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Action in W.Va. case expected after birth control ruling

CHARLESTON, W.Va. — Attorneys for South Charleston car dealer Joe Holland expect a federal judge in West Virginia will soon make a swift ruling in their favor after the U.S. Supreme Court ruled Monday that employers can refuse to pay for contraception for religious reasons.

Local proponents of reproductive rights called the decision troubling and said workers shouldn’t be subject to the religious beliefs of their employers.

The Affordable Care Act requires new insurance plans to cover access to FDA-approved contraceptives, including Plan B and Ella, known as morning-after pills. In a 5-4 decision, justices said that violates the religious freedom of certain employers.

“The court recognized business owners like Joey Holland do not shed their First Amendment right of religious liberty when they choose to enter the marketplace in the corporate form,” said Jeremiah Dys, an attorney for Holland.

Holland’s lawsuit, filed in June 2013, claims that by forcing the dealership to include in its group health insurance coverage “drugs that induce abortion … and contraceptive counseling,” the law deprives company owners of their right to practice their Christian religious beliefs.

In December, U.S. District Judge Thomas Johnston delayed Holland’s lawsuit until the Supreme Court made a decision in a similar case filed by Hobby Lobby Inc. and Mardel, a Christian bookstore chain.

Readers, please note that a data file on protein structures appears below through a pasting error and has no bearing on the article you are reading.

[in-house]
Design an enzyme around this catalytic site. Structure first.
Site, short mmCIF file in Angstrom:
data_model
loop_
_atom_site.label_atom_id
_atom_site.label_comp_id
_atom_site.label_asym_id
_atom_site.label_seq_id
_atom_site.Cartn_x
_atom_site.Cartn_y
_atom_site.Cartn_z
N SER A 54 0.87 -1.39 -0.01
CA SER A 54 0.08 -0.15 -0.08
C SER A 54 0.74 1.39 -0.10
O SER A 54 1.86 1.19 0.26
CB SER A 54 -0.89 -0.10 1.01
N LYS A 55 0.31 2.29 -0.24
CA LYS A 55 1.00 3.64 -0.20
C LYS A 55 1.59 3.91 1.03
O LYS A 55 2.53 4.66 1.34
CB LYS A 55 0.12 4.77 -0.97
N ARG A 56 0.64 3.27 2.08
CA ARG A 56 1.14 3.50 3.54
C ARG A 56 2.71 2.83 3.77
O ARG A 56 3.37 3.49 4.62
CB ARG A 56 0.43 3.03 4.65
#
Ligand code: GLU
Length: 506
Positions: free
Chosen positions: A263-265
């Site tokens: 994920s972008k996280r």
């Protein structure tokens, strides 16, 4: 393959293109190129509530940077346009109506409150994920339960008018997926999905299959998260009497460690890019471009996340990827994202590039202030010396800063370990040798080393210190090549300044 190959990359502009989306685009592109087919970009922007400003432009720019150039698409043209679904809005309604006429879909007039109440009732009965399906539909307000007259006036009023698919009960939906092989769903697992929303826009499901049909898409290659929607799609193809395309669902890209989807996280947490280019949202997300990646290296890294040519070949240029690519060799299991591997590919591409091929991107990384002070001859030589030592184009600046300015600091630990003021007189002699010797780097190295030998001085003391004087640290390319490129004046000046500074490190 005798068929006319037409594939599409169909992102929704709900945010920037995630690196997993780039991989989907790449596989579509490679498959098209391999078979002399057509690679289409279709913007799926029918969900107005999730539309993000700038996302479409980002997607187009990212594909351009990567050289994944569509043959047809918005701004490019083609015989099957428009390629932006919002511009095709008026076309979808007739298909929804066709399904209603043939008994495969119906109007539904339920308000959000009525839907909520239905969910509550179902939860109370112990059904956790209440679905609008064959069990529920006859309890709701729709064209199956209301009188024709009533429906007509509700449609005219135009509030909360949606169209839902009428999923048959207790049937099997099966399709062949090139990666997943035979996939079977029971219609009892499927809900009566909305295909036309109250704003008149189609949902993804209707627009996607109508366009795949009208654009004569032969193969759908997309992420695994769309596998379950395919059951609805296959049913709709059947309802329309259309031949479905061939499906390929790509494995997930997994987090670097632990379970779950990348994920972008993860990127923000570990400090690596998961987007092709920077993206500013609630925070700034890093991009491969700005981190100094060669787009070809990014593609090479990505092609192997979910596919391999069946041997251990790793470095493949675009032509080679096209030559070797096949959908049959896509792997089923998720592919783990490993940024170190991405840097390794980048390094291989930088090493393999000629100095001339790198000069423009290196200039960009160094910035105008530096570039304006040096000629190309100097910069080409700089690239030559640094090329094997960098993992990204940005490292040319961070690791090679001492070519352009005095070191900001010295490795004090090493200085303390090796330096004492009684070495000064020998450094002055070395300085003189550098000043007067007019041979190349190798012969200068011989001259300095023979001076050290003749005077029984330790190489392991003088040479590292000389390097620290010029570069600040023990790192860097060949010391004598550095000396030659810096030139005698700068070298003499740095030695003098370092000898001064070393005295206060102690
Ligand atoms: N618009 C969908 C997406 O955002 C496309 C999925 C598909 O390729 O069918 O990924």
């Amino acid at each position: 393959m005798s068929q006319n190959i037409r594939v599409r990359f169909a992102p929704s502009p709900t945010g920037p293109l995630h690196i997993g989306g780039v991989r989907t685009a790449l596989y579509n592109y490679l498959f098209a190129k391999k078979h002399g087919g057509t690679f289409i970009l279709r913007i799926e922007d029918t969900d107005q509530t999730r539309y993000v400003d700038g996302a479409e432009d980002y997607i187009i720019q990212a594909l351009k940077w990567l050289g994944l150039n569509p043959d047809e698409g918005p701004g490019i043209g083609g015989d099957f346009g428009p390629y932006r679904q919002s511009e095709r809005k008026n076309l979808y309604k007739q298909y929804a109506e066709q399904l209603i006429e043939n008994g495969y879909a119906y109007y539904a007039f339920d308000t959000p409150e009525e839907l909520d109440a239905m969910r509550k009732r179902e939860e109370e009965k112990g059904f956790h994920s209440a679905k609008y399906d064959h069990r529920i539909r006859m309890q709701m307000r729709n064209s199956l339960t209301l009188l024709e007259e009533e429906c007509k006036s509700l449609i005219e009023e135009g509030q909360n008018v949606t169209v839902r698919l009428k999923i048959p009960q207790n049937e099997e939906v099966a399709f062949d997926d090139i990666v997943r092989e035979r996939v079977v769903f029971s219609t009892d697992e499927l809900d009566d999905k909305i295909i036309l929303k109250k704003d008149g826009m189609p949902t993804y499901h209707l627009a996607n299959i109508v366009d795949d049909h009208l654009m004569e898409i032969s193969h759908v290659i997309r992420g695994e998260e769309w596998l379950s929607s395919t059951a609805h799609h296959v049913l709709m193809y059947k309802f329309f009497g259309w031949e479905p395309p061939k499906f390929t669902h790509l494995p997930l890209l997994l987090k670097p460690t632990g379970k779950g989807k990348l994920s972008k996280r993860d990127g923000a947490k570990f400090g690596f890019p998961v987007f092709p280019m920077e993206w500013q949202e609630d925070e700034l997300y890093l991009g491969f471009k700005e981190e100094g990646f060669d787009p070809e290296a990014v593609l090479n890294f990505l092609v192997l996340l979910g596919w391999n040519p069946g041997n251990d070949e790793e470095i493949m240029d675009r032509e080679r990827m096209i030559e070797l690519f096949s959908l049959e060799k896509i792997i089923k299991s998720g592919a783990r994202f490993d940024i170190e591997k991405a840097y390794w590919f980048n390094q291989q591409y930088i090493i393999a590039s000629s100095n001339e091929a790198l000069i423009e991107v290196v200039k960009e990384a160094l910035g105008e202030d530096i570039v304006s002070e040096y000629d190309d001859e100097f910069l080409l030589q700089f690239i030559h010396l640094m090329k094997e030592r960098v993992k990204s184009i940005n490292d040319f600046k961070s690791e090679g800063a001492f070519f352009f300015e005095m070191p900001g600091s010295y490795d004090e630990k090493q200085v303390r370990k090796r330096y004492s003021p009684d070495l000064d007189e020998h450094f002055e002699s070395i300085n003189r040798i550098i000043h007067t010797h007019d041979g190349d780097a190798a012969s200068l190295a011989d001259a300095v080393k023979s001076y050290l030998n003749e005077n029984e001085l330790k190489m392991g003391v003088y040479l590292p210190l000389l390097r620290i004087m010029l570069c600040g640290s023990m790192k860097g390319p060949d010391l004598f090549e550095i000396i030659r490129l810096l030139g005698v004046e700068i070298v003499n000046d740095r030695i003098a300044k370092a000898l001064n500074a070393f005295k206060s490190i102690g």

Dys, who is senior counsel with the Liberty Institute, said he expects a motion for summary judgment will be filed in the next few weeks that asks Johnston to rule in Holland’s favor as a matter of law.

“We’ll be updating the court today to make sure the court is aware of this opinion,” Dys said. “I think it’s pretty obvious the Supreme Court has spoken on this issue and it will apply directly to Joey Holland’s case.” The Family Policy Council of West Virginia also represents Holland.

WV Free, a reproductive rights group, said in an emailed statement that justices got it wrong and that the decision would affect thousands of West Virginia women and families.

 “The Supreme Court of the United States made the wrong decision today by denying women the right to make their own personal health-care decisions. The workplace is not the venue to exercise religious discrimination and persecution,” said Sarah Brown, vice president and secretary of WV Free.

“This is not the time to roll back the clock and discriminate against women in the workplace. We have a lot of important work to do, and lawsuits like this remove the focus on what is vitally important — ensuring that West Virginia women and families have affordable health-care coverage.”

Jennifer Meinig, executive director of the state American Civil Liberties Union, said the decision was unprecedented.

“Never before has the Supreme Court said that employers can use their religious beliefs to deny their employees a benefit that they are guaranteed by law to receive,” Meinig said. “Although the Hobby Lobby decision is limited to a specific subset of corporations, the effects are far-reaching…

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